In 1989, May became founding executive director of the Sierra Club of Canada. She also taught courses in public policy and environmental issues at Queen’s University and Dalhousie University, where she was the inaugural occupant of the Elizabeth May Chair in Sustainability and Environmental Health. In 2001, May went on a 17-day hunger strike to protest the federal government’s inaction in cleaning up the Sydney tar ponds in Nova Scotia.

Elizabeth May
Elizabeth May
Elizabeth May speaks at the National Day of Action for Electoral Reform rally in Ottawa, Ontario, 14 May 2011.
(photo by ahblair/Wikimedia CC)

Green Party of Canada

In August 2006, May left her post at the Sierra Club and won the leadership of the Green Party of Canada, becoming its ninth leader. Months later, she ran in a federal by-election in London, Ontario, but failed to win. In the 2008 federal election, she took on Conservative Defense Minister Peter MacKay in his Nova Scotia riding of Central Nova. In an effort to help May, the Liberals chose not to run a candidate in Central Nova. But MacKay won the riding anyway with 47 per cent of the vote to May’s 32 per cent. No Green candidates were elected to Parliament in 2008, though the party won 6.8 per cent of the popular vote.

In the 2011 general election, May contested the British Columbia seat of Saanich-Gulf Islands. She defeated Conservative incumbent Gary Lunn and won the riding with 46 per cent of the vote. This made her the first Green Party member to win a seat in the House of Commons. Despite May’s own success, the Green Party captured only 4 per cent of the popular vote.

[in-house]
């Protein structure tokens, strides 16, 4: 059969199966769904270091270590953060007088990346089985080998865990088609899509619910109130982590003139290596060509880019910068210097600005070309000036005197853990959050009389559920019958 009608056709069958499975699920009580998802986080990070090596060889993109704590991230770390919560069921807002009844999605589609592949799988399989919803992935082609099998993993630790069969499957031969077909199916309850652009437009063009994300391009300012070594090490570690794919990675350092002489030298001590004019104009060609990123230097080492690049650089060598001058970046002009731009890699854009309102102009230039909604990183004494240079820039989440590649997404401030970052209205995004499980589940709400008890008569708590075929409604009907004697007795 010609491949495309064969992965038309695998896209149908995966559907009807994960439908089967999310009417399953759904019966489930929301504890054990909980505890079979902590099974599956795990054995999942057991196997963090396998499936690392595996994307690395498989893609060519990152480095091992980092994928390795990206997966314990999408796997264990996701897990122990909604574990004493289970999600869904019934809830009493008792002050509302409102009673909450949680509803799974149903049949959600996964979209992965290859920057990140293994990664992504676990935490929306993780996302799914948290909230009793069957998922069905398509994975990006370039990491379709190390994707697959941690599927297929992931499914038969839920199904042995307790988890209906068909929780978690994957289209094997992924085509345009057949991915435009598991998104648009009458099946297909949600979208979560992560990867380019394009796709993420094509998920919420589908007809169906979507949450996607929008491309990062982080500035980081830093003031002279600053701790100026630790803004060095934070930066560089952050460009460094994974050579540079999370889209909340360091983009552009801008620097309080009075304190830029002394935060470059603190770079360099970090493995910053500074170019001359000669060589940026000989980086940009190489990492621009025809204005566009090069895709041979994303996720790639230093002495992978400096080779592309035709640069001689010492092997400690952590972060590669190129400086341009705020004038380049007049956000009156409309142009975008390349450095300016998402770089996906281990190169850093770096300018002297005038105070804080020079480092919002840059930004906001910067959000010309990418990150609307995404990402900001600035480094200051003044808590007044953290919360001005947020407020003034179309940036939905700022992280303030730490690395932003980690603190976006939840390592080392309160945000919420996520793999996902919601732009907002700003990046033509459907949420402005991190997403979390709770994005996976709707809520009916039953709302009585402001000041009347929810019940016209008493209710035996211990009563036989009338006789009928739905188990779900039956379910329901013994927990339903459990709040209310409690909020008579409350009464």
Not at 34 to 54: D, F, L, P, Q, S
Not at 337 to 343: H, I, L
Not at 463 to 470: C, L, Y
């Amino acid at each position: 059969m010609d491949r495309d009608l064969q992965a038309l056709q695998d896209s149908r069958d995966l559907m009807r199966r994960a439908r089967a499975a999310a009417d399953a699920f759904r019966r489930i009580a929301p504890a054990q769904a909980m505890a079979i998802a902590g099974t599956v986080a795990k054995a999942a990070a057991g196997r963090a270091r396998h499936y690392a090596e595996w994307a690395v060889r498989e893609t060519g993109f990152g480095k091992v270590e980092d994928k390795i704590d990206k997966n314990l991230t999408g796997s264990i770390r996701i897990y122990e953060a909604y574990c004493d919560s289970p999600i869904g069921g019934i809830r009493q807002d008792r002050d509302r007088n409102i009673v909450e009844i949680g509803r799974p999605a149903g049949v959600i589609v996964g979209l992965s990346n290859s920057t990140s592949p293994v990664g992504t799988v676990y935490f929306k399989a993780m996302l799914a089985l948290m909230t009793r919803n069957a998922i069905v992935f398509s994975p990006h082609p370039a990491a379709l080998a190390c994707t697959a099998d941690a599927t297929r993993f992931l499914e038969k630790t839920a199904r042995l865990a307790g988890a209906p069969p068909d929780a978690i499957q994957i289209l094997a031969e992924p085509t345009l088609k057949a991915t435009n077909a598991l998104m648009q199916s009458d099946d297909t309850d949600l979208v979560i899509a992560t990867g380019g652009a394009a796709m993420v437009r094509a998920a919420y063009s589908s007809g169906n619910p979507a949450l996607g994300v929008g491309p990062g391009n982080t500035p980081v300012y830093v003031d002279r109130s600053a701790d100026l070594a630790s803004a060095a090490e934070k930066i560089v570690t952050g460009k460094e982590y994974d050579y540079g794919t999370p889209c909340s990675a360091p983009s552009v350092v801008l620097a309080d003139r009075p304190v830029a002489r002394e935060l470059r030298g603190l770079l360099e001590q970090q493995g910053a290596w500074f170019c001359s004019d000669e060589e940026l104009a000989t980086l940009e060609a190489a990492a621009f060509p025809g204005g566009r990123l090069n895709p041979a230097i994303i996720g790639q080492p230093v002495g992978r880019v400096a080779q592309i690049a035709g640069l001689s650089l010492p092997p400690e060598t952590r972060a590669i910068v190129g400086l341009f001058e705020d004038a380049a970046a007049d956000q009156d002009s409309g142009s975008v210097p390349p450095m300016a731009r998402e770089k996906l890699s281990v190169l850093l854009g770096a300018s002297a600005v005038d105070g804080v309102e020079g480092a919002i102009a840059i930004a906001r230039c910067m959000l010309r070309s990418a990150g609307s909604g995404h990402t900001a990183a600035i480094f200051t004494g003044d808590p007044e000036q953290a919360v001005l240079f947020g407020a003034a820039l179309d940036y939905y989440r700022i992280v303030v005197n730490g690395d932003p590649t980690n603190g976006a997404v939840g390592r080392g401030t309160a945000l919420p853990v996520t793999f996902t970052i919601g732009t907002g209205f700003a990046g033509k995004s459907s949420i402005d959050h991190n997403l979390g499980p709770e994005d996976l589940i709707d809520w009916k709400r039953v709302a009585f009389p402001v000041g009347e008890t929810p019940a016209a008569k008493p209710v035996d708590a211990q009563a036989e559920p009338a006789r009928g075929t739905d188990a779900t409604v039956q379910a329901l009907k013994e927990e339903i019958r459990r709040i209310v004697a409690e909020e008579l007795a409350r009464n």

May was re-elected in the October 2015 federal election. Again, she was the only Green Party candidate to win a seat. Meanwhile, her party continued its slide in the national results, winning 3.4 per cent of the popular vote.

Parliamentary Record

Since 2011, May has distinguished herself in the House of Commons. She was named “parliamentarian of the year” by other MPs in 2012, “hardest working MP” in 2013, “best orator” in 2014 and “most knowledgeable” in 2020. At the end of 2013, May was joined in the House by independent MP Bruce Hyer, who declared himself a Green Party member, doubling the party’s caucus to two.

May has worked in Parliament to improve health services for Lyme disease, to oppose the Conservative government’s anti-terror legislation, and to advocate for government action on climate change.